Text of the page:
Why Manufacturers Should Give Nearshoring a Test Drive
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Around the world, the automotive industry has demonstrated the effectiveness of nearshoring. Automakers have moved operations closer to customer demand and seen lower supply chain costs.
It helps Mexico, for instance, to ship vehicles to the United States, South America and Central America at a competitive rate.
Now, other manufacturing sectors are following suit. Firms with significant freight costs are exploring opportunities with key commodity suppliers in countries that are closer to home.
Over the last 15 years or so, many companies moved their manufacturing operations to China due to labor costs that, at the time, were extremely competitive.
Now, as CNNMoney reports, “China’s labor costs are only 4 percent cheaper than those in the U.S. when productivity is factored in.” That means there’s no longer a compelling reason to pay higher supply chain costs for products made in China.
Due to this industry shift, manufacturers have more opportunity to source much closer to U.S. soil.
The Automotive Standard
When determining whether to pursue these kinds of workflow options, you must consider your organization’s end-to-end supply chain costs. Due to the automotive industry’s high freight and shipping costs, this sector was a viable candidate.
Manufacturers that supply the automobile industry are following that giant’s lead – including those in the plastics sector, metal fabricators and just about any company involved in that supply chain.
Think of anything on a car. A company supplying it is going to be moving closer to its biggest customers, creating ecosystems of manufacturing, distribution and services where they land.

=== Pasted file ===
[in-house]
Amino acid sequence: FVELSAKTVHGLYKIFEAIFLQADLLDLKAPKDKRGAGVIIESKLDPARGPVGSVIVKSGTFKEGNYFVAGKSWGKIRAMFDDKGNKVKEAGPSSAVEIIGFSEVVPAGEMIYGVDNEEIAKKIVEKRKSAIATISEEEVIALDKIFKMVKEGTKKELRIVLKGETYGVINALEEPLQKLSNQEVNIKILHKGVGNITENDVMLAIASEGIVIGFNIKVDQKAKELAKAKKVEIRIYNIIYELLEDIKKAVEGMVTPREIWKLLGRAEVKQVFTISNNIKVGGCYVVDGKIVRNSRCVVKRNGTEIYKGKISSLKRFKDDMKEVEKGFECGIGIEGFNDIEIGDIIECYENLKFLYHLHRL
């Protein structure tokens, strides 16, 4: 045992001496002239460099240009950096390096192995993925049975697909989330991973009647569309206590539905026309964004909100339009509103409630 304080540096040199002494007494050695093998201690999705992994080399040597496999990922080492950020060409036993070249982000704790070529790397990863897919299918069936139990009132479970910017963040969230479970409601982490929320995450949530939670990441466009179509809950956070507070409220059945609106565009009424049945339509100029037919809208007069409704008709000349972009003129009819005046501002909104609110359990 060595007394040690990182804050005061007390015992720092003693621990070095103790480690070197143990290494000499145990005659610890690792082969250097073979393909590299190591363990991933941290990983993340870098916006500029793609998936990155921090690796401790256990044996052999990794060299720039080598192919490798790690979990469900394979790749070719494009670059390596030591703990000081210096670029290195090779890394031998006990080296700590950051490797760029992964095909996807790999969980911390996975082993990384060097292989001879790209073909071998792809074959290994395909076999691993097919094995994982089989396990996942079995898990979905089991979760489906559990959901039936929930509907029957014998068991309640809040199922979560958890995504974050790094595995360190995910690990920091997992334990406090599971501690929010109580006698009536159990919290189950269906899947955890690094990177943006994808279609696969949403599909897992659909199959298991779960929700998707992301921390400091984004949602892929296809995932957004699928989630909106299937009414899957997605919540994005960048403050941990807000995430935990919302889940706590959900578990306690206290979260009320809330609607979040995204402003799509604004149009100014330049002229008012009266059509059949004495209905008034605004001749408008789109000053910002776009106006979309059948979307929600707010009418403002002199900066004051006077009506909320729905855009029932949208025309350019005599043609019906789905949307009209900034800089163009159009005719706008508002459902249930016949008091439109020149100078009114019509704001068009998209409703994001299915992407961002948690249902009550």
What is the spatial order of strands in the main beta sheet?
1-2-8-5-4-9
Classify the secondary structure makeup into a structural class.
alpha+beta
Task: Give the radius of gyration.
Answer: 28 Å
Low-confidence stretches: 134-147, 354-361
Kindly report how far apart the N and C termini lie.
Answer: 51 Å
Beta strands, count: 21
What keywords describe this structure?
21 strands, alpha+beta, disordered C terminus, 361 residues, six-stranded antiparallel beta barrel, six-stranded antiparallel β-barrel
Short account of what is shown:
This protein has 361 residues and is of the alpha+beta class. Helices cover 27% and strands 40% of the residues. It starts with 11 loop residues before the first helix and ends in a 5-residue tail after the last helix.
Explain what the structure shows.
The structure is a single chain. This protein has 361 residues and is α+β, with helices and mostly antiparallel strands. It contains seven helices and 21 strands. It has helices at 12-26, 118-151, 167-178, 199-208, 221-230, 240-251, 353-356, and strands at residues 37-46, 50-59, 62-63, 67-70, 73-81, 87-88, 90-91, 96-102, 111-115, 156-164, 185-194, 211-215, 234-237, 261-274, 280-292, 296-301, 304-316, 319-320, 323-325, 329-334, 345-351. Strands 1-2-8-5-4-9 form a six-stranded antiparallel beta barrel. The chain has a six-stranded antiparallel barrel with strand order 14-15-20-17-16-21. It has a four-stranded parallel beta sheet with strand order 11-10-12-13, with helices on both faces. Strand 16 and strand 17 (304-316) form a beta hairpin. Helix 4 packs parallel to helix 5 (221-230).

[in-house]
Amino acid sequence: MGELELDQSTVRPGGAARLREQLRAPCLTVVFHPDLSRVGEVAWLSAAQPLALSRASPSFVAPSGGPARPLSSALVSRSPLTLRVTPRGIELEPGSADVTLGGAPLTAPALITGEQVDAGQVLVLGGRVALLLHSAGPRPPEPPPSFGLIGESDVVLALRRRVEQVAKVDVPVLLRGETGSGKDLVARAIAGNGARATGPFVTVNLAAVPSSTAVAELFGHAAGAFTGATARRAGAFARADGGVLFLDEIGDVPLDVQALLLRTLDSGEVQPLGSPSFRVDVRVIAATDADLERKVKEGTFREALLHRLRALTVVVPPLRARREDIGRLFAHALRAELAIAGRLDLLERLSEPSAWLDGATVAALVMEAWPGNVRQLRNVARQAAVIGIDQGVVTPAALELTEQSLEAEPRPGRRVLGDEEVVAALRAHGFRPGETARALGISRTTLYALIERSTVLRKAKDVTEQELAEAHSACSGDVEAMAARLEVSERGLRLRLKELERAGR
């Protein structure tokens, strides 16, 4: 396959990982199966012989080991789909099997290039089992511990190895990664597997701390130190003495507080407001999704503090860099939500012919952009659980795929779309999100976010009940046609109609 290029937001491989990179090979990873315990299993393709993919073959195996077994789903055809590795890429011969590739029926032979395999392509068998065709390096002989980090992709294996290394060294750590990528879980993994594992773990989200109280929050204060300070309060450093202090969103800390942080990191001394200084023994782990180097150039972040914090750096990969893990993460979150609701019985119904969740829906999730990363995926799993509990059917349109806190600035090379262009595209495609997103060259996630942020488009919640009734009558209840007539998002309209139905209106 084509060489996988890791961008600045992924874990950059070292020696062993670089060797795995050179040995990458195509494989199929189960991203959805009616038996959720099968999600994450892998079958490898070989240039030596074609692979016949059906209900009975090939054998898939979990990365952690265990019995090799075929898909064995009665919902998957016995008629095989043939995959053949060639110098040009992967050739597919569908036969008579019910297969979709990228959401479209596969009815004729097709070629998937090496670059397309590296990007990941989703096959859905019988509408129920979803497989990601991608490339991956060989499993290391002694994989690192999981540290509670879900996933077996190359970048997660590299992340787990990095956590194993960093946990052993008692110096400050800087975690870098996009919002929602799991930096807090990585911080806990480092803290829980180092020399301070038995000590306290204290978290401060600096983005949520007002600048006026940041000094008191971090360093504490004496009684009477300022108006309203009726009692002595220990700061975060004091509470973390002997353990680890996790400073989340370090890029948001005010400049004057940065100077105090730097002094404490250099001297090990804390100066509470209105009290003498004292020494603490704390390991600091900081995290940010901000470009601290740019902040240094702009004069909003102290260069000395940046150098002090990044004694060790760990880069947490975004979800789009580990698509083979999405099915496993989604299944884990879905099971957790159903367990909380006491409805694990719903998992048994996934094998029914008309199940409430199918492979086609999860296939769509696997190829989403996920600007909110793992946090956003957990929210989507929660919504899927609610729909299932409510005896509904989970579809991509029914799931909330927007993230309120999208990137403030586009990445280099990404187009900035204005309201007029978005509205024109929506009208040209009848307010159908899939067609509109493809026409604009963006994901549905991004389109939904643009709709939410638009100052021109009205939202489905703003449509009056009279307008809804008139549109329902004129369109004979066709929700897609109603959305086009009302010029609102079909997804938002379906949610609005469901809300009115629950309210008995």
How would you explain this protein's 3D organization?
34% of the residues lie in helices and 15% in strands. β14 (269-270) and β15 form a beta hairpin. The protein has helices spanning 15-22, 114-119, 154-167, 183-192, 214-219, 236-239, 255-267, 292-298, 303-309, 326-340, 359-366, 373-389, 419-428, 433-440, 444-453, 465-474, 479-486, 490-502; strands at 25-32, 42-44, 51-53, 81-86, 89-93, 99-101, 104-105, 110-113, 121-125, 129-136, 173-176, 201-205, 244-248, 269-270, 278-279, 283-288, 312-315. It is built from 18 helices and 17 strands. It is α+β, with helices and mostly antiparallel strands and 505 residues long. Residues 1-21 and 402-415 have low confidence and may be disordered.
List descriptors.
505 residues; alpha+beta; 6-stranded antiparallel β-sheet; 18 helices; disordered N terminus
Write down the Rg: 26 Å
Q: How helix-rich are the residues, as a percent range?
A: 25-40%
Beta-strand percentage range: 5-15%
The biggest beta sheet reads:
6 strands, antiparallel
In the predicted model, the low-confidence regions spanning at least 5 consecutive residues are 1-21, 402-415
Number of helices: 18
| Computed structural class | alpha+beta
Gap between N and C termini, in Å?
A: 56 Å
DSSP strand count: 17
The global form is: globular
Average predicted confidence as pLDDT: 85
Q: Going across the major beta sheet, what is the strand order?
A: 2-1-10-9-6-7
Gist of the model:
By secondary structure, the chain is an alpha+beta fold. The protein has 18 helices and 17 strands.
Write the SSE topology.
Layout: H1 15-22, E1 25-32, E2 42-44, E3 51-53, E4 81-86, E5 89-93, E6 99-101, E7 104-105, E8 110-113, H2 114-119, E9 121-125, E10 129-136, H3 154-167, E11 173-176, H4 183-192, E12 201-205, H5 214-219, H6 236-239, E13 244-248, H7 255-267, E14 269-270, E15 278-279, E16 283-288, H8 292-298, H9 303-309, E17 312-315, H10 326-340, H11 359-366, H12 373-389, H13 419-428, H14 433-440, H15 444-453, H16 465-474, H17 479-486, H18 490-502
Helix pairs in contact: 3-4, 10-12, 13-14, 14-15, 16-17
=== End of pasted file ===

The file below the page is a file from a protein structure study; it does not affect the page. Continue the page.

Even moving from China to Mexico or other Latin American nations is a big step closer, leading to more time and money reductions in shipping.
For the auto industry, that helps not only lower the shipping weight – it also helps them operate more fuel-efficiently. That’s a timely concern, with auto makers thinking ahead about how they can comply with government-issued mileage regulations for 2020 and 2025.
Evaluate Your Supply Chain
More and more manufacturing and distribution companies serving North America and western Europe say they consider nearshoring a possible opportunity, reported SupplyChain247.com – up to 69 percent last year from 40 percent.
When evaluating whether to invest in it, challenge your supply chain leaders to do a value-stream analysis on the processes you use to conduct business globally.
Shipping costs are a big part of that equation, but as you evaluate your supply chain are there other factors to consider, including:
- Lead time;
- Being closer to your suppliers; and
- Increased likelihood of innovation when closer to customers.
Nearshoring even has positive implications for intellectual property, since the risk of having intellectual capital stolen is decreased, according to Rita Gunther McGrath in The Wall Street Journal. A diversified supply chain protects manufacturers’ interests in the event of a natural disaster causing delays in one location.
“Having the capability to manufacture close to where customers are located can also increase customer responsiveness and decrease turnaround times, making the supply chain more predictable,” she wrote.
There are many reasons manufacturers should look into nearshoring.
Don’t leave money on the table: Once you understand how and where to use nearshoring effectively, you can reap the associated earnings.